The thing that was striking was not the crudeness but the audacity. Somehow, this idiot didn’t think that it was on him to bring so much heat that women wanted to rip off their clothes. Instead, he felt that the fact that he was holding a microphone entitled him to see their stuff. Just like the dude at Euphoria who thought I should twerk on demand, when there was literally nothing about that set that would make a lady want to move.

Who promised y’all twerking and titties?

It’s up to you to earn that.

If you want people to shake their asses at your show, that’s on you. Remember when Andre said, “If you don’t move your feet then I don’t eat”? Meditate on that. Work on your energy. Turn up your own vibe. Learn to read your crowd. Go harder.

But don’t assume any women who strays too close to the front wants to be the prop that gives your boring stage show some life. Harassing a woman to get some booty shaking is just lame. And kind of pathetic. You’re, ahem, doing it wrong.

EDM Jesus and 5 other things we saw at Euphoria Fest

With mild temperatures and bright blue sky, the riverfront property of Carson Creek Ranch was positively idyllic for the first day of Euphoria Fest, the dance music festival that continues Saturday and Sunday. The crowd was young, the bass was mighty and the grooves were strong. Here are a few things we saw at the fest.

1. Fantastic use of color and light.

The stage design at Euphoria Fest is spectacular. There’s some next-level artistry at play. Colorful structures around the stages and above the crowds are designed to create beautiful light pictures after dark. The largest stage had giant circles on either stage with kaleidoscopic color wheels. The other big stage had a giant fox head with eyes that glowed at night. And at the Dragonfly stage, set in a natural amphitheater overlooking the river, lacy light patterns played across the woodland backdrop across the river after the sun went down.

A-LIST PHOTOS: Euphoria Fest, day three | Day two

2. That hoop life

Unsurprisingly, the Euphorian hoop game is strong.

And after dark it’s illuminating.

3. Euphoria Jesus

Rejoice sinners! Look who we found hanging out by the bar. He was actually begging off a young woman who was legitimately asking for personal salvation when we found him. He graciously diverted his trip to the bathroom (even the divine must relieve themselves, apparently) to bless us with a pic.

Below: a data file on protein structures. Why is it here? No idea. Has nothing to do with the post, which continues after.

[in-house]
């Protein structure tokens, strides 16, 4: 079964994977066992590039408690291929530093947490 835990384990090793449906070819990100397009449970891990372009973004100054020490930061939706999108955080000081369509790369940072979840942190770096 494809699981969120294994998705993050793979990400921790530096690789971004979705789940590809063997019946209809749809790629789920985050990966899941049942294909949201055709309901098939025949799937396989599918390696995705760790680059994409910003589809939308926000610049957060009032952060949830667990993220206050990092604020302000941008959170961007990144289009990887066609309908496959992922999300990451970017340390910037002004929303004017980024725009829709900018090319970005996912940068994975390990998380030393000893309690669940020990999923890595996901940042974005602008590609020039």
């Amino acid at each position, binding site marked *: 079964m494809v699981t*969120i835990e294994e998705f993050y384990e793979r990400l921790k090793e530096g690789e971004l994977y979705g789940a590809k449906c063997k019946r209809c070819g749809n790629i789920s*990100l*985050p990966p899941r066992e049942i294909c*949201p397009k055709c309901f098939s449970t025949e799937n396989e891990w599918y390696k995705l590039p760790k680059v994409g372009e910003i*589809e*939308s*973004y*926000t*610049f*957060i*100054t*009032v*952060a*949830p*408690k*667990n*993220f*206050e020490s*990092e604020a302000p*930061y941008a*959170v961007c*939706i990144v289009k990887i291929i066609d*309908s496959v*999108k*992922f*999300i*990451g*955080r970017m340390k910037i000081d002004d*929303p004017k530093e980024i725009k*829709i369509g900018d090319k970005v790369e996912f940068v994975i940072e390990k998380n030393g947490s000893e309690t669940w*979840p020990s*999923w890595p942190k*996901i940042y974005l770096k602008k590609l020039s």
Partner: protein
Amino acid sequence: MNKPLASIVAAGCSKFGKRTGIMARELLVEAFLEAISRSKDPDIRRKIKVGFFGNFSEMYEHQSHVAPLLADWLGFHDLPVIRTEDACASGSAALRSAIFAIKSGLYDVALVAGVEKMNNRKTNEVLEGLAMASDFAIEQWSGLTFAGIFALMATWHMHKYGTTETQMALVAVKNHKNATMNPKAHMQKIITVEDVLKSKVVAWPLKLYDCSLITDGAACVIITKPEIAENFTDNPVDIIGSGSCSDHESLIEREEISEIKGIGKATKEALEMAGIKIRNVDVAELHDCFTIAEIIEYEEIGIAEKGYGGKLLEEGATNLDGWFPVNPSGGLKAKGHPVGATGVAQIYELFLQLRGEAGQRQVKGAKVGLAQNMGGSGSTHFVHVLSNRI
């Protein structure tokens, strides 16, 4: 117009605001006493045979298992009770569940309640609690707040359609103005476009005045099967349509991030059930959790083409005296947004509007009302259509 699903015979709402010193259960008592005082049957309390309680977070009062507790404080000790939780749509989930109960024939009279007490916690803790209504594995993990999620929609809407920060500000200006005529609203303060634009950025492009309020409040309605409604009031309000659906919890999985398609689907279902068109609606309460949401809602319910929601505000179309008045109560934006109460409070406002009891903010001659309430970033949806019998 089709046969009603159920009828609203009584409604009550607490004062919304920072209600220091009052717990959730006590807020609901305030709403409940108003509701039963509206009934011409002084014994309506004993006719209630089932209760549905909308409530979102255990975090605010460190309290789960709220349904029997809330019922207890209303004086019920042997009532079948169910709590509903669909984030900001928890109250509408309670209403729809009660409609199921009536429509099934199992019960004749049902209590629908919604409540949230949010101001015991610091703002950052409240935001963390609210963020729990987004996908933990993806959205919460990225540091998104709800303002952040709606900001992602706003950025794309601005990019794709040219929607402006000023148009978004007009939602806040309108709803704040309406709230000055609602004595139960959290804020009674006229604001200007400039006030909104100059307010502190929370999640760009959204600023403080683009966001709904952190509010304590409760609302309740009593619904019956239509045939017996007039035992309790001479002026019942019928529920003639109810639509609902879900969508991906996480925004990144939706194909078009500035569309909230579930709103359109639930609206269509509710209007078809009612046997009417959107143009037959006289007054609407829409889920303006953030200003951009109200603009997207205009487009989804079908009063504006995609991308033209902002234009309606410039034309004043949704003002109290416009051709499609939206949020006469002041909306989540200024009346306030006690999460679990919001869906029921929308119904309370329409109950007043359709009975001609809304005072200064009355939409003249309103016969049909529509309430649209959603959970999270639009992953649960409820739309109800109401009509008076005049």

4. That hammock life

The Euphorian lounge game is also strong. There aren’t “chair people” crowding the outer edges of the stages at Euphoria Fest, although we did see a few air beds, but the fest has several built in chill zones including a few groves of trees that are strung with hammocks to help fest-goers recharge between sets.

 

 

5. Fairies, unicorns and assorted woodland creatures. There were plenty of fairies roaming the field, including Fairy Juju, who’s actually a professional fairy. (She also spreads magic at the Texas Renaissance Fest.) We also saw multiple unicorns, many women wearing bunny ears and at least two men roaming the field with fox tails tied around their waists for no apparent reason. Overall, there were significantly more mystical woodland creatures than you see at the average music festival.

6. Very progressive electronic music. The focus of Euphoria Fest is electronic music, dance bands with a healthy sampling of hip-hop added to the mix this year. But it’s not all thumping techno. Parisian artist French Kiwi Juice took the stage solo with a guitar, bass, saxophone, drum pad and two keyboards on stage. Sometimes he built the grooves live using loop pedals. At other points, he solo-ed over sound beds. Either way his forward-leaning mixture of jazz, R&B and house music was thoroughly enthralling.

 

Hip-hop heavier Euphoria Fest lineup includes Young Thug, Wiz Khalifa alongside Chromeo, Alesso

Lauren Klopfenstein (Caren West PR)

Bumping a few hip-hop artists up into headline spots this year, Euphoria Fest, the dance music fest that’s been steadily growing on the far east side of town has evolved into one of the region’s premiere youth culture fests. The lineup presents a diverse and well-curated selection of sounds to make you move and groove.

A few highlights:

FRIDAY

Pretty Lights live: Hip-hop oriented electronic artist crafts rich, sample-oriented compositions. For this tour, he’ll be fleshing the songs out with a live band. Midnight, Euphoria Stage.

 

FKJ: The self-titled debut from the Parisian house specialist French Kiwi Juice (FKJ) is a warm and lovely platter of soulful R&B fusion that’s not afraid to drop a slow jam in the dance club. 11 p.m., Dragonfly Amphitheater.

Sip Sip/Magna Carda/Eric Dingus: The afternoon acts in the Dragonfly Amphitheater showcase a broad selection of of the best of Austin music. Sip Sip brings big band antics, huge grooves and sharp rhymes. Former Austin360 Artists of the Month, Magna Carda have a live show that started 2016 very good and started this year straight fire. And Drake collaborator Eric Dingus is one of the scene’s rising stars. 3:25 p.m./4:50 p.m./6:05 p.m.

SATURDAY